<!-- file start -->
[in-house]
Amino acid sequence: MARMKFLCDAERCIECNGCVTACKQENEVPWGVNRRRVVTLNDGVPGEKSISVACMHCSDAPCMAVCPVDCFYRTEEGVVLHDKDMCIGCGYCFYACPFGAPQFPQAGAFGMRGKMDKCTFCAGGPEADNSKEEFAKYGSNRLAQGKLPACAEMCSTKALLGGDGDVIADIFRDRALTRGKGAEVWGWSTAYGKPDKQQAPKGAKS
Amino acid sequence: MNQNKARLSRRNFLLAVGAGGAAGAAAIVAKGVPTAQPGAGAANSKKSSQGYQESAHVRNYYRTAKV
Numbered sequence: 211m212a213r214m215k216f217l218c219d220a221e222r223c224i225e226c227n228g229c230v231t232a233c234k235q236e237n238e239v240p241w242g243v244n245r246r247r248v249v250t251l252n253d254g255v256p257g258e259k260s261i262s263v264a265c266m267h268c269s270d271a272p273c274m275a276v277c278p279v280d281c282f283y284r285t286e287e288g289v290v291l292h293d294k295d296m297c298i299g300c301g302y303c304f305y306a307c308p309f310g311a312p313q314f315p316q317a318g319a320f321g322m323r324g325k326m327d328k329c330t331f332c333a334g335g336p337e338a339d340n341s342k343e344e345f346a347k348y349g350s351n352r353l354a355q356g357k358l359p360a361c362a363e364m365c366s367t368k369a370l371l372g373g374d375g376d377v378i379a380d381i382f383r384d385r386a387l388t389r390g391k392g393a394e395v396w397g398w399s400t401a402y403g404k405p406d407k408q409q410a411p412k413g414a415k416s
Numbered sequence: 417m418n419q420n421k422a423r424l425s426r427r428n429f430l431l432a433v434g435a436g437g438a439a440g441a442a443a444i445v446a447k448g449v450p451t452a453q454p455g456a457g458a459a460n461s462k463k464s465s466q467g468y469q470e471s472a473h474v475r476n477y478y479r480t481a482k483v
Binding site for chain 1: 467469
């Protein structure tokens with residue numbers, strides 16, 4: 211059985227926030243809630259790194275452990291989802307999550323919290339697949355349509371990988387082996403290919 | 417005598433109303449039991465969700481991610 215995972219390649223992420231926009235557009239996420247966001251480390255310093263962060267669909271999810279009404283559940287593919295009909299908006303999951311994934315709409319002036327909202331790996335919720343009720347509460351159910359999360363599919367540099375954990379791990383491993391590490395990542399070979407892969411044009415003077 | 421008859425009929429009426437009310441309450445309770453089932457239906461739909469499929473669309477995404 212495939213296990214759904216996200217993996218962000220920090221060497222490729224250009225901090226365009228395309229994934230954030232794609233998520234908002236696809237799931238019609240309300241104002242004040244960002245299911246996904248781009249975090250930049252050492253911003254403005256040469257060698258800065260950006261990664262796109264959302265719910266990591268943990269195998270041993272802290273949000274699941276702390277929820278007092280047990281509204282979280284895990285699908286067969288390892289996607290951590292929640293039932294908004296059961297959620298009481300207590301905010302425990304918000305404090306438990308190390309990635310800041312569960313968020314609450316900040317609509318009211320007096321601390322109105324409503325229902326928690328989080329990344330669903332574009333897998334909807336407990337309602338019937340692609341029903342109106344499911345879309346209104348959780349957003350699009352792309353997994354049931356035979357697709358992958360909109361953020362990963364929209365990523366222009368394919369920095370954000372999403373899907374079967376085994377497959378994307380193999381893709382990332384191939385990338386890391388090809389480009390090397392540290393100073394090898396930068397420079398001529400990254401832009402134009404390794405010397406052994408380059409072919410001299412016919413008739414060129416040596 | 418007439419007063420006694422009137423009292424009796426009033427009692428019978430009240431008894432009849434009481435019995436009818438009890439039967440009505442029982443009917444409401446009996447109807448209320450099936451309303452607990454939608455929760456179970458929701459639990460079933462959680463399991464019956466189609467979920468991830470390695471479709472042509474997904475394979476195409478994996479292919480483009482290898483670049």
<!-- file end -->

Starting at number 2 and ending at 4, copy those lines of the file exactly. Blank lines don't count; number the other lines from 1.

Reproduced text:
Amino acid sequence: MARMKFLCDAERCIECNGCVTACKQENEVPWGVNRRRVVTLNDGVPGEKSISVACMHCSDAPCMAVCPVDCFYRTEEGVVLHDKDMCIGCGYCFYACPFGAPQFPQAGAFGMRGKMDKCTFCAGGPEADNSKEEFAKYGSNRLAQGKLPACAEMCSTKALLGGDGDVIADIFRDRALTRGKGAEVWGWSTAYGKPDKQQAPKGAKS
Amino acid sequence: MNQNKARLSRRNFLLAVGAGGAAGAAAIVAKGVPTAQPGAGAANSKKSSQGYQESAHVRNYYRTAKV
Numbered sequence: 211m212a213r214m215k216f217l218c219d220a221e222r223c224i225e226c227n228g229c230v231t232a233c234k235q236e237n238e239v240p241w242g243v244n245r246r247r248v249v250t251l252n253d254g255v256p257g258e259k260s261i262s263v264a265c266m267h268c269s270d271a272p273c274m275a276v277c278p279v280d281c282f283y284r285t286e287e288g289v290v291l292h293d294k295d296m297c298i299g300c301g302y303c304f305y306a307c308p309f310g311a312p313q314f315p316q317a318g319a320f321g322m323r324g325k326m327d328k329c330t331f332c333a334g335g336p337e338a339d340n341s342k343e344e345f346a347k348y349g350s351n352r353l354a355q356g357k358l359p360a361c362a363e364m365c366s367t368k369a370l371l372g373g374d375g376d377v378i379a380d381i382f383r384d385r386a387l388t389r390g391k392g393a394e395v396w397g398w399s400t401a402y403g404k405p406d407k408q409q410a411p412k413g414a415k416s